Justifying costs

    Amazon hasn't said who will replace Blackburn or whether he will return to the same position in 2021. The last senior executive member that took a sabbatical was Diego Piacentini, senior vice president of international retail. He ended up leaving Amazon last year. Steve Kessel, who used to lead the Kindle business, took a sabbatical in 2012 and came back a few years later in a different role running physical stores.

    Tom Forte, an analyst at D.A. Davidson, said that Amazon's financial performance in streaming has been underwhelming despite some award-winning shows. Although investors understand that Prime Video is mainly used to attract more Prime members, Forte said Amazon's proprietary video content effort has been a disappointment relative to its competitors.

    "Among their historic investment efforts, I think video has been one of their lowest returning investments," Forte said.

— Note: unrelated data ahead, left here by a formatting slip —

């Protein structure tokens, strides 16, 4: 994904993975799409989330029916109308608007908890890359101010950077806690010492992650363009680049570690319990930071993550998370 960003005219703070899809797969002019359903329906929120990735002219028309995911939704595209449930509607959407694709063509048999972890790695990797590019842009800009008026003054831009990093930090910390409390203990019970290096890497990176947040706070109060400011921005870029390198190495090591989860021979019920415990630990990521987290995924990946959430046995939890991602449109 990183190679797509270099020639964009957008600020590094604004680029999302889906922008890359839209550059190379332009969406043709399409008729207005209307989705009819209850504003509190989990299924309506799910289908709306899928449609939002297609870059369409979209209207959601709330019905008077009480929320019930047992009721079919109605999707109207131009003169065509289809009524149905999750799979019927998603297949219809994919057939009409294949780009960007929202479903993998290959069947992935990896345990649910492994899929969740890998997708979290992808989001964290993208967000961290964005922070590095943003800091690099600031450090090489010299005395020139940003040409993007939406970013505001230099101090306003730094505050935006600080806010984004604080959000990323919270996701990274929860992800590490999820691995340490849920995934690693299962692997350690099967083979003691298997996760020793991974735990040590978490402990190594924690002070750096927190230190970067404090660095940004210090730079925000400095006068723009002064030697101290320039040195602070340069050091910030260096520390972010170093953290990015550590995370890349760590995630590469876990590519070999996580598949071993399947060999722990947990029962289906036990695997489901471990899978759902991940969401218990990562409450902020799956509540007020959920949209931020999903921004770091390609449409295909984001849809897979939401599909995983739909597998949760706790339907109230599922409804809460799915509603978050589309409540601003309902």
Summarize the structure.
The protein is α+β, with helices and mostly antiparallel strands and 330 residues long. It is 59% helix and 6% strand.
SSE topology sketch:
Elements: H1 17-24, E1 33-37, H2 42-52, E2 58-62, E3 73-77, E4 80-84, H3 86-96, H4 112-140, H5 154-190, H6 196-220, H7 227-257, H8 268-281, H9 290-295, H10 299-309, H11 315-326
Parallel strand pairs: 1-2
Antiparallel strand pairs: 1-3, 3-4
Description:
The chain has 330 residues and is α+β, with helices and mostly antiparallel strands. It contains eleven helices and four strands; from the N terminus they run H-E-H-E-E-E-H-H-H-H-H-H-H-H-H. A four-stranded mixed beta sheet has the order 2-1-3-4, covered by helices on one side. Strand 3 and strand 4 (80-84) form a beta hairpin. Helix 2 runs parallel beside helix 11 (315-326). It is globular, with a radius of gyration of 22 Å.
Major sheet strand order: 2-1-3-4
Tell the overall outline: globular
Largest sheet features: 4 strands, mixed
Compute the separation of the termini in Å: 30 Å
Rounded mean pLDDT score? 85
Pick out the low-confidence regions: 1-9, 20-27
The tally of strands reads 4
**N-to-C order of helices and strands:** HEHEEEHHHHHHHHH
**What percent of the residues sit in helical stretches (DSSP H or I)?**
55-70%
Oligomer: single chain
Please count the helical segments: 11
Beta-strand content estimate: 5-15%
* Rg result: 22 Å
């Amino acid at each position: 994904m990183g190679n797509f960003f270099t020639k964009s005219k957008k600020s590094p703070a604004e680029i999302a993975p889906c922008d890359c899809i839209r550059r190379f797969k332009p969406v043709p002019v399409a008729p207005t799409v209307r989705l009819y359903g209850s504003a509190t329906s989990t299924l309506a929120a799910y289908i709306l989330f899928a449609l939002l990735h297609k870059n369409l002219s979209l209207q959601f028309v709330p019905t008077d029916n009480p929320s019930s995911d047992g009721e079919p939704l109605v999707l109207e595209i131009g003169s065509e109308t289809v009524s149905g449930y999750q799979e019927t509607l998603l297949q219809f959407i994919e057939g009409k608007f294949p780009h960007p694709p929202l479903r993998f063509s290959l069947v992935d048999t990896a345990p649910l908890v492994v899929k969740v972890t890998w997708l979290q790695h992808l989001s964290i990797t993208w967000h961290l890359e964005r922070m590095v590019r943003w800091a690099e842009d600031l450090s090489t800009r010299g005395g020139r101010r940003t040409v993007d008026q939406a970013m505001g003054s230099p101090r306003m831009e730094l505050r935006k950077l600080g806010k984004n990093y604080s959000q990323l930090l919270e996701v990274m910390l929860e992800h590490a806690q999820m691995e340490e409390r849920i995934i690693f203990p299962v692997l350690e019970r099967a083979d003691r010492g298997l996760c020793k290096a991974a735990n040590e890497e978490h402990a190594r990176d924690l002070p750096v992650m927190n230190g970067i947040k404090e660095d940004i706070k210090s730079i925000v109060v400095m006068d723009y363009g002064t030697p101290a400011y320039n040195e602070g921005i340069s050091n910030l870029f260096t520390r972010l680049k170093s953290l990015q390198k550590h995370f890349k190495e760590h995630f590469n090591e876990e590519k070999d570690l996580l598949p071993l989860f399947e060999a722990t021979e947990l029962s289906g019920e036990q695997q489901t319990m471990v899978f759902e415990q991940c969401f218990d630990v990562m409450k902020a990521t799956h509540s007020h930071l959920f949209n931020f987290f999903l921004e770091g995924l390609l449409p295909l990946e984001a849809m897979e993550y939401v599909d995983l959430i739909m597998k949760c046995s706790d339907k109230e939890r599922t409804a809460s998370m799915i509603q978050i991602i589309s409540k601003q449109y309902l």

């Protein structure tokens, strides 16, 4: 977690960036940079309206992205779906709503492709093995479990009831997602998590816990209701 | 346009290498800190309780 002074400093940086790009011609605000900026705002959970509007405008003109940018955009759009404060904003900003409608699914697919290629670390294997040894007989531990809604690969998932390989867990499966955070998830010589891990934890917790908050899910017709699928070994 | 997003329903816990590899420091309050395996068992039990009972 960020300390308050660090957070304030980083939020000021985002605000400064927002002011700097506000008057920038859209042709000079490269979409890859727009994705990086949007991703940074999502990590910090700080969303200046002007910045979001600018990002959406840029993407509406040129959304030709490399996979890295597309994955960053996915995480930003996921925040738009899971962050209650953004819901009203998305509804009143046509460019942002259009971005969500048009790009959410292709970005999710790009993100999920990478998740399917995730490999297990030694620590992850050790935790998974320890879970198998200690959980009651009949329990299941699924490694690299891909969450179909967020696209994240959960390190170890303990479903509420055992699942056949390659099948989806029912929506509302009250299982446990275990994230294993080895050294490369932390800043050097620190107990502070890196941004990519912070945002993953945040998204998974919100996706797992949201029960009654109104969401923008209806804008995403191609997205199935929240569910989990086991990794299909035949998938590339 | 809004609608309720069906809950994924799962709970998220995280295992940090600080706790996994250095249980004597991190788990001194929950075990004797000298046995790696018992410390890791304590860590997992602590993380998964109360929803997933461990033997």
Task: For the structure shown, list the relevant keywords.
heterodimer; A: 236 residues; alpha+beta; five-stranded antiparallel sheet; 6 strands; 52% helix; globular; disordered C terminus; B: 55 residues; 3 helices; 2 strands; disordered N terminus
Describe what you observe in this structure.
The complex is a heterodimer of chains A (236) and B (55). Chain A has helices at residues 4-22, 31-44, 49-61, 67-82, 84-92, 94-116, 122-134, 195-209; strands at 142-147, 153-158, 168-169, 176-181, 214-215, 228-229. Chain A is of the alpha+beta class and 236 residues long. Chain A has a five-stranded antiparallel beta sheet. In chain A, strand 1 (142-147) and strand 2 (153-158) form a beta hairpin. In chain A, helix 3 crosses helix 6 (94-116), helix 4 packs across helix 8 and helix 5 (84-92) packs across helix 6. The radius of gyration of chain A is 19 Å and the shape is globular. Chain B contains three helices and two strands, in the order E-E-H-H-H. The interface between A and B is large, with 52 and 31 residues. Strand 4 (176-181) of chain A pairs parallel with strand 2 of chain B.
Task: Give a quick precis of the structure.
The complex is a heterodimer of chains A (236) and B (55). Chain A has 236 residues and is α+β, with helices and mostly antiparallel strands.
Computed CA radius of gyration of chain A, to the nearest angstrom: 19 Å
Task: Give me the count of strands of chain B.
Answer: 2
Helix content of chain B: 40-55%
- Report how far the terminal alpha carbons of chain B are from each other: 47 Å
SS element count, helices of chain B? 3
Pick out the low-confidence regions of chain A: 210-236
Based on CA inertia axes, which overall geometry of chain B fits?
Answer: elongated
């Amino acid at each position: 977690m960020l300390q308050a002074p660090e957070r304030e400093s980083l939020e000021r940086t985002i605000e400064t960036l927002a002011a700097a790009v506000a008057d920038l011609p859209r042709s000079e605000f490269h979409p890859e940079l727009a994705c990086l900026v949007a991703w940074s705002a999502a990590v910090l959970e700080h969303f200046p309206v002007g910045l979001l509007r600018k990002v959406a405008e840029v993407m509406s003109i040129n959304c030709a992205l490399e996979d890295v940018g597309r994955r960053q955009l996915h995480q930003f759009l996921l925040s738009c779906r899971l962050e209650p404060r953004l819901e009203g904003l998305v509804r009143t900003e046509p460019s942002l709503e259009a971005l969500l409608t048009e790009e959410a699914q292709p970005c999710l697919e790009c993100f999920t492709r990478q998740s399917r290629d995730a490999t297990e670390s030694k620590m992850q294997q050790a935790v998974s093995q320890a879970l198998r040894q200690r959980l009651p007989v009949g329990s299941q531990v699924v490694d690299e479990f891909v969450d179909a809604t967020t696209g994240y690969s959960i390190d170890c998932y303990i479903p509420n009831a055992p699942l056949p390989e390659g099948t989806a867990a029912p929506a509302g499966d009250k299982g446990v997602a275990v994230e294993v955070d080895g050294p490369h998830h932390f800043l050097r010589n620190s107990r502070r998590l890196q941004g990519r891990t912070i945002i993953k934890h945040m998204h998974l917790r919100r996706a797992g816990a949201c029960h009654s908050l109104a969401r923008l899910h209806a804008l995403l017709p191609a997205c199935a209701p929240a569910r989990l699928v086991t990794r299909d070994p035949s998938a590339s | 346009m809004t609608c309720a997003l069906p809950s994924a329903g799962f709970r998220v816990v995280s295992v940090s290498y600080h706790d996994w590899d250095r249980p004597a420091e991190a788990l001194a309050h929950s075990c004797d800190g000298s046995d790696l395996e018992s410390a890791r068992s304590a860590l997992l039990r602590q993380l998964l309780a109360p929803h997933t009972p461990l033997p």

Still, don't expect a slowdown. Amazon CFO Brian Olsavsky said during last month's earnings call with analysts that original video, alongside Amazon Web Services and advertising, would be a key investment area going forward. While Amazon doesn't disclose how much it spends to produce original content, analysts have estimated that the figure tops $7 billion a year.

    "It's going to take some time for the new executive to build the pipeline of content," Forte said. "But I still think Amazon will continue to invest during Blackburn's sabbatical."

    Disclosure: Comcast is the owner of NBCUniversal, parent company of CNBC and CNBC.com.

    Correction: Andrew Murphy is an analyst at Loup Ventures. A previous version of this story misstated his first name.